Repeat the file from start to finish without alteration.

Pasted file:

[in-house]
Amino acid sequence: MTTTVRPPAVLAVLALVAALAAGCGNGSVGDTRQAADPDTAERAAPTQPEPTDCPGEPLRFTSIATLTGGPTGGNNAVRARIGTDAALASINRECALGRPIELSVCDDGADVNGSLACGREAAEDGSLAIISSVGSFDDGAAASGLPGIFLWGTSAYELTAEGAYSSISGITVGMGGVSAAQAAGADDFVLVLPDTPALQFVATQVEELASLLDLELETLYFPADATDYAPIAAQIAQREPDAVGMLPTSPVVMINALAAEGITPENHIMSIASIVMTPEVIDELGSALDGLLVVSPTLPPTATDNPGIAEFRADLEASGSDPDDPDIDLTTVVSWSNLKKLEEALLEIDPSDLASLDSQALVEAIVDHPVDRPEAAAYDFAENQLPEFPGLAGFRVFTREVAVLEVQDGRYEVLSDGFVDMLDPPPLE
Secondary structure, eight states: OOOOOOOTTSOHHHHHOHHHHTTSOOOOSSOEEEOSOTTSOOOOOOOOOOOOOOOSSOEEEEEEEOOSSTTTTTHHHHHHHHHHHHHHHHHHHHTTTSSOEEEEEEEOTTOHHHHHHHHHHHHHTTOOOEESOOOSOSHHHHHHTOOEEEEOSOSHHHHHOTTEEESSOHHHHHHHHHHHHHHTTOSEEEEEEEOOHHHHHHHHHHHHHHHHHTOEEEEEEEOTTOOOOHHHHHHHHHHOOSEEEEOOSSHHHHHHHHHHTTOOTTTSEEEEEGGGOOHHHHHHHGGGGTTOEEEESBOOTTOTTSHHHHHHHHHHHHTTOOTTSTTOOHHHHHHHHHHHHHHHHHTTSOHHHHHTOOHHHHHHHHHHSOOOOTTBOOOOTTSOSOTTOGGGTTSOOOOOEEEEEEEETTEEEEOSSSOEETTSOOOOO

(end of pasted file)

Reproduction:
[in-house]
Amino acid sequence: MTTTVRPPAVLAVLALVAALAAGCGNGSVGDTRQAADPDTAERAAPTQPEPTDCPGEPLRFTSIATLTGGPTGGNNAVRARIGTDAALASINRECALGRPIELSVCDDGADVNGSLACGREAAEDGSLAIISSVGSFDDGAAASGLPGIFLWGTSAYELTAEGAYSSISGITVGMGGVSAAQAAGADDFVLVLPDTPALQFVATQVEELASLLDLELETLYFPADATDYAPIAAQIAQREPDAVGMLPTSPVVMINALAAEGITPENHIMSIASIVMTPEVIDELGSALDGLLVVSPTLPPTATDNPGIAEFRADLEASGSDPDDPDIDLTTVVSWSNLKKLEEALLEIDPSDLASLDSQALVEAIVDHPVDRPEAAAYDFAENQLPEFPGLAGFRVFTREVAVLEVQDGRYEVLSDGFVDMLDPPPLE
Secondary structure, eight states: OOOOOOOTTSOHHHHHOHHHHTTSOOOOSSOEEEOSOTTSOOOOOOOOOOOOOOOSSOEEEEEEEOOSSTTTTTHHHHHHHHHHHHHHHHHHHHTTTSSOEEEEEEEOTTOHHHHHHHHHHHHHTTOOOEESOOOSOSHHHHHHTOOEEEEOSOSHHHHHOTTEEESSOHHHHHHHHHHHHHHTTOSEEEEEEEOOHHHHHHHHHHHHHHHHHTOEEEEEEEOTTOOOOHHHHHHHHHHOOSEEEEOOSSHHHHHHHHHHTTOOTTTSEEEEEGGGOOHHHHHHHGGGGTTOEEEESBOOTTOTTSHHHHHHHHHHHHTTOOTTSTTOOHHHHHHHHHHHHHHHHHTTSOHHHHHTOOHHHHHHHHHHSOOOOTTBOOOOTTSOSOTTOGGGTTSOOOOOEEEEEEEETTEEEEOSSSOEETTSOOOOO